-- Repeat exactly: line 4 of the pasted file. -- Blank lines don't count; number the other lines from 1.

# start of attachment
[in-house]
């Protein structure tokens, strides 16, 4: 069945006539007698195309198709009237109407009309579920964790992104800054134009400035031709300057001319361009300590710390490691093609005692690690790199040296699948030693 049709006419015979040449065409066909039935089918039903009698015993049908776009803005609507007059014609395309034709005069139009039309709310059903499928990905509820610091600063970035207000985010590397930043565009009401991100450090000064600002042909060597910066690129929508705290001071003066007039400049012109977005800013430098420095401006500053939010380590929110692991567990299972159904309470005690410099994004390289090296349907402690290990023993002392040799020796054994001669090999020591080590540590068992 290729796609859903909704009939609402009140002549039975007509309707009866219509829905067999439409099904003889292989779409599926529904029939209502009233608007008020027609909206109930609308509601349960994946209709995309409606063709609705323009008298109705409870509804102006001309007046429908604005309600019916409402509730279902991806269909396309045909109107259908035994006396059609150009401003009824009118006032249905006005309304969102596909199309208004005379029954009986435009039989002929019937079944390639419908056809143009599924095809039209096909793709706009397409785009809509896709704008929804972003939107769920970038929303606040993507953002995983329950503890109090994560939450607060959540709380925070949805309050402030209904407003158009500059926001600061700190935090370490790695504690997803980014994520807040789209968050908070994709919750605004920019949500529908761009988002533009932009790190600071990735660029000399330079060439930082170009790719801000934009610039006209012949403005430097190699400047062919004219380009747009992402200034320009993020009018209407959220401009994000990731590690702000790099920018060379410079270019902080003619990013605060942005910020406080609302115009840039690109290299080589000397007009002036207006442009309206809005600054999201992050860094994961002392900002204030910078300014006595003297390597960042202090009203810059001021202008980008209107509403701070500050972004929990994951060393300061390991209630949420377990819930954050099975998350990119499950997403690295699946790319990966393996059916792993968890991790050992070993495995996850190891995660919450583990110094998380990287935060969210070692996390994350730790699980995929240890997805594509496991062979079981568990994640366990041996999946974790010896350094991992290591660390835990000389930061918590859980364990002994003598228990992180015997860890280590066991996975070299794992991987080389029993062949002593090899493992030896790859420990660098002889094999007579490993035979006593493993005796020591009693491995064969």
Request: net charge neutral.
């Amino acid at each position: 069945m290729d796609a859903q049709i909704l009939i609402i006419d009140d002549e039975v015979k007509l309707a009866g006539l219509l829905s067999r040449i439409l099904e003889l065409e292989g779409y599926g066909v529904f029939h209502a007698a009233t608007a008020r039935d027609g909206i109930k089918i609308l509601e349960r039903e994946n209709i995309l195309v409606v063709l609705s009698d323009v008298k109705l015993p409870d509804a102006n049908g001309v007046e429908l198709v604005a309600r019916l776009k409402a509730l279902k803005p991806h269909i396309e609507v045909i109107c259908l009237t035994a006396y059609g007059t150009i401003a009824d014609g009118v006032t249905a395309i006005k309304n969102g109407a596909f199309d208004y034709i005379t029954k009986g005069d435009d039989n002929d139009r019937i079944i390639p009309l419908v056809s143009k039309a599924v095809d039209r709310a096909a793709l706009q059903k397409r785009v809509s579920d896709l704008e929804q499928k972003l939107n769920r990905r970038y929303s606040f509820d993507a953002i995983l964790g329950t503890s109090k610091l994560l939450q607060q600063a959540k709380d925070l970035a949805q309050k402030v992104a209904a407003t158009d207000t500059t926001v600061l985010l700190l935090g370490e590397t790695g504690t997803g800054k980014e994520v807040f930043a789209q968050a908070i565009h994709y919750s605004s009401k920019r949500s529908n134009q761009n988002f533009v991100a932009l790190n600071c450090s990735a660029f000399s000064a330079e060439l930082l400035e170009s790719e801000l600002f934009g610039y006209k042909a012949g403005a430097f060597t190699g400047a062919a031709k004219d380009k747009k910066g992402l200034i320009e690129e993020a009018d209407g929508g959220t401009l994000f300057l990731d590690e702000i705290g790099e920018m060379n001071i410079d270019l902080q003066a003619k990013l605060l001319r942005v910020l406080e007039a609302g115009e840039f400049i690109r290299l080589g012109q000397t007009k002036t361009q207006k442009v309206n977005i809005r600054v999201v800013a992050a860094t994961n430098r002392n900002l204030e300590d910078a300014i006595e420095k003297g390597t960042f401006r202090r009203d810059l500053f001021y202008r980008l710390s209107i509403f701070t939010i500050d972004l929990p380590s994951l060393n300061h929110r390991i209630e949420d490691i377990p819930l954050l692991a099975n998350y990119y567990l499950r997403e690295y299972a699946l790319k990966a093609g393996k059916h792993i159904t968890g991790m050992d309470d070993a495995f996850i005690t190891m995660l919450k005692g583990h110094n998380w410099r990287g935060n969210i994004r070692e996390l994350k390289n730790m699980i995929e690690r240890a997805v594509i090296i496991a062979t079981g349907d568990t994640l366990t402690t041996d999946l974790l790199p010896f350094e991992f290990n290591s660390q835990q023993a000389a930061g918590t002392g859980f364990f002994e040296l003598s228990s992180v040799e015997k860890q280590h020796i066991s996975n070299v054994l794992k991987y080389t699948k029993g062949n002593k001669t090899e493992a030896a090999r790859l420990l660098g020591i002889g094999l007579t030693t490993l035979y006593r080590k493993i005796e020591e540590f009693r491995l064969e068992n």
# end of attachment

């Amino acid at each position: 069945m290729d796609a859903q049709i909704l009939i609402i006419d009140d002549e039975v015979k007509l309707a009866g006539l219509l829905s067999r040449i439409l099904e003889l065409e292989g779409y599926g066909v529904f029939h209502a007698a009233t608007a008020r039935d027609g909206i109930k089918i609308l509601e349960r039903e994946n209709i995309l195309v409606v063709l609705s009698d323009v008298k109705l015993p409870d509804a102006n049908g001309v007046e429908l198709v604005a309600r019916l776009k409402a509730l279902k803005p991806h269909i396309e609507v045909i109107c259908l009237t035994a006396y059609g007059t150009i401003a009824d014609g009118v006032t249905a395309i006005k309304n969102g109407a596909f199309d208004y034709i005379t029954k009986g005069d435009d039989n002929d139009r019937i079944i390639p009309l419908v056809s143009k039309a599924v095809d039209r709310a096909a793709l706009q059903k397409r785009v809509s579920d896709l704008e929804q499928k972003l939107n769920r990905r970038y929303s606040f509820d993507a953002i995983l964790g329950t503890s109090k610091l994560l939450q607060q600063a959540k709380d925070l970035a949805q309050k402030v992104a209904a407003t158009d207000t500059t926001v600061l985010l700190l935090g370490e590397t790695g504690t997803g800054k980014e994520v807040f930043a789209q968050a908070i565009h994709y919750s605004s009401k920019r949500s529908n134009q761009n988002f533009v991100a932009l790190n600071c450090s990735a660029f000399s000064a330079e060439l930082l400035e170009s790719e801000l600002f934009g610039y006209k042909a012949g403005a430097f060597t190699g400047a062919a031709k004219d380009k747009k910066g992402l200034i320009e690129e993020a009018d209407g929508g959220t401009l994000f300057l990731d590690e702000i705290g790099e920018m060379n001071i410079d270019l902080q003066a003619k990013l605060l001319r942005v910020l406080e007039a609302g115009e840039f400049i690109r290299l080589g012109q000397t007009k002036t361009q207006k442009v309206n977005i809005r600054v999201v800013a992050a860094t994961n430098r002392n900002l204030e300590d910078a300014i006595e420095k003297g390597t960042f401006r202090r009203d810059l500053f001021y202008r980008l710390s209107i509403f701070t939010i500050d972004l929990p380590s994951l060393n300061h929110r390991i209630e949420d490691i377990p819930l954050l692991a099975n998350y990119y567990l499950r997403e690295y299972a699946l790319k990966a093609g393996k059916h792993i159904t968890g991790m050992d309470d070993a495995f996850i005690t190891m995660l919450k005692g583990h110094n998380w410099r990287g935060n969210i994004r070692e996390l994350k390289n730790m699980i995929e690690r240890a997805v594509i090296i496991a062979t079981g349907d568990t994640l366990t402690t041996d999946l974790l790199p010896f350094e991992f290990n290591s660390q835990q023993a000389a930061g918590t002392g859980f364990f002994e040296l003598s228990s992180v040799e015997k860890q280590h020796i066991s996975n070299v054994l794992k991987y080389t699948k029993g062949n002593k001669t090899e493992a030896a090999r790859l420990l660098g020591i002889g094999l007579t030693t490993l035979y006593r080590k493993i005796e020591e540590f009693r491995l064969e068992n």